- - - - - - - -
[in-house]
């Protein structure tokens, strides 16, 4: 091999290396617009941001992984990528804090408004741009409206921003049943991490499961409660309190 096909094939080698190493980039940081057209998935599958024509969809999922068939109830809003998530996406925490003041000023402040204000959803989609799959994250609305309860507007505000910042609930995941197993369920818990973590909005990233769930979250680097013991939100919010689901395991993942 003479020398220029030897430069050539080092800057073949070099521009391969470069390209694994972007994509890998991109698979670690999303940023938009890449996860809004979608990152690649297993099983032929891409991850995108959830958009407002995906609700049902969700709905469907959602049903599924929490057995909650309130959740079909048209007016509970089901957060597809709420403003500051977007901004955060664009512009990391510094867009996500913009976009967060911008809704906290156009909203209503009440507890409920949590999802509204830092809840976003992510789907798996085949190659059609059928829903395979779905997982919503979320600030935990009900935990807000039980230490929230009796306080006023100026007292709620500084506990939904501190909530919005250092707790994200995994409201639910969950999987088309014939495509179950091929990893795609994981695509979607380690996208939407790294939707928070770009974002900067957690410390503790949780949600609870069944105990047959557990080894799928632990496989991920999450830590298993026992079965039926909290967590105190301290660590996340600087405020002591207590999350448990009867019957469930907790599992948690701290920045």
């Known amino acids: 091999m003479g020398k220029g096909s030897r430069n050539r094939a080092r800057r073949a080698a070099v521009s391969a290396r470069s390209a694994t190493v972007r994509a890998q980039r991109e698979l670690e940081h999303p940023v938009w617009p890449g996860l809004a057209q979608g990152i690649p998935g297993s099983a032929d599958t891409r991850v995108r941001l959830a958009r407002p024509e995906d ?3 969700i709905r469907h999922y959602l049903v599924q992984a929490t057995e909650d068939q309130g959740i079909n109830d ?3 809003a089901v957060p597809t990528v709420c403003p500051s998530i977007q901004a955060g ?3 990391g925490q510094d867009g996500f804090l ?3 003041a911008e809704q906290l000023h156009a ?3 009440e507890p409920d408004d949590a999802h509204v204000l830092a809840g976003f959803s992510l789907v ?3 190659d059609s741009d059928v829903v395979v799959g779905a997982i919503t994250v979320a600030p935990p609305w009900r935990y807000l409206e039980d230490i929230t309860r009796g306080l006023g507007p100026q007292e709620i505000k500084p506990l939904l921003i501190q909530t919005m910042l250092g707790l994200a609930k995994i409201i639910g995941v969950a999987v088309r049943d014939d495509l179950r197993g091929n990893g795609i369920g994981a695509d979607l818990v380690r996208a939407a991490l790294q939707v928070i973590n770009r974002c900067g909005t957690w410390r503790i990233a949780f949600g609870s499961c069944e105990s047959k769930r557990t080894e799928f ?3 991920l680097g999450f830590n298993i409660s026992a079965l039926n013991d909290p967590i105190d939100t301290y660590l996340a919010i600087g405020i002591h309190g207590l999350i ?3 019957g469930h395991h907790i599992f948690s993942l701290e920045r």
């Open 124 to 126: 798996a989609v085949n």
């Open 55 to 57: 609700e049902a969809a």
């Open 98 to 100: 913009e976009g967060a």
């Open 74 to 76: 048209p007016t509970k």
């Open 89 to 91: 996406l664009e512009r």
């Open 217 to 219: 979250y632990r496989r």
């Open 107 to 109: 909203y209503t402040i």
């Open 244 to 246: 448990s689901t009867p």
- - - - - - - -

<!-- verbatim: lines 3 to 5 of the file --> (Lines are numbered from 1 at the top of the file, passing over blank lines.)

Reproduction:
């Known amino acids: 091999m003479g020398k220029g096909s030897r430069n050539r094939a080092r800057r073949a080698a070099v521009s391969a290396r470069s390209a694994t190493v972007r994509a890998q980039r991109e698979l670690e940081h999303p940023v938009w617009p890449g996860l809004a057209q979608g990152i690649p998935g297993s099983a032929d599958t891409r991850v995108r941001l959830a958009r407002p024509e995906d ?3 969700i709905r469907h999922y959602l049903v599924q992984a929490t057995e909650d068939q309130g959740i079909n109830d ?3 809003a089901v957060p597809t990528v709420c403003p500051s998530i977007q901004a955060g ?3 990391g925490q510094d867009g996500f804090l ?3 003041a911008e809704q906290l000023h156009a ?3 009440e507890p409920d408004d949590a999802h509204v204000l830092a809840g976003f959803s992510l789907v ?3 190659d059609s741009d059928v829903v395979v799959g779905a997982i919503t994250v979320a600030p935990p609305w009900r935990y807000l409206e039980d230490i929230t309860r009796g306080l006023g507007p100026q007292e709620i505000k500084p506990l939904l921003i501190q909530t919005m910042l250092g707790l994200a609930k995994i409201i639910g995941v969950a999987v088309r049943d014939d495509l179950r197993g091929n990893g795609i369920g994981a695509d979607l818990v380690r996208a939407a991490l790294q939707v928070i973590n770009r974002c900067g909005t957690w410390r503790i990233a949780f949600g609870s499961c069944e105990s047959k769930r557990t080894e799928f ?3 991920l680097g999450f830590n298993i409660s026992a079965l039926n013991d909290p967590i105190d939100t301290y660590l996340a919010i600087g405020i002591h309190g207590l999350i ?3 019957g469930h395991h907790i599992f948690s993942l701290e920045r």
């Open 124 to 126: 798996a989609v085949n």
């Open 55 to 57: 609700e049902a969809a």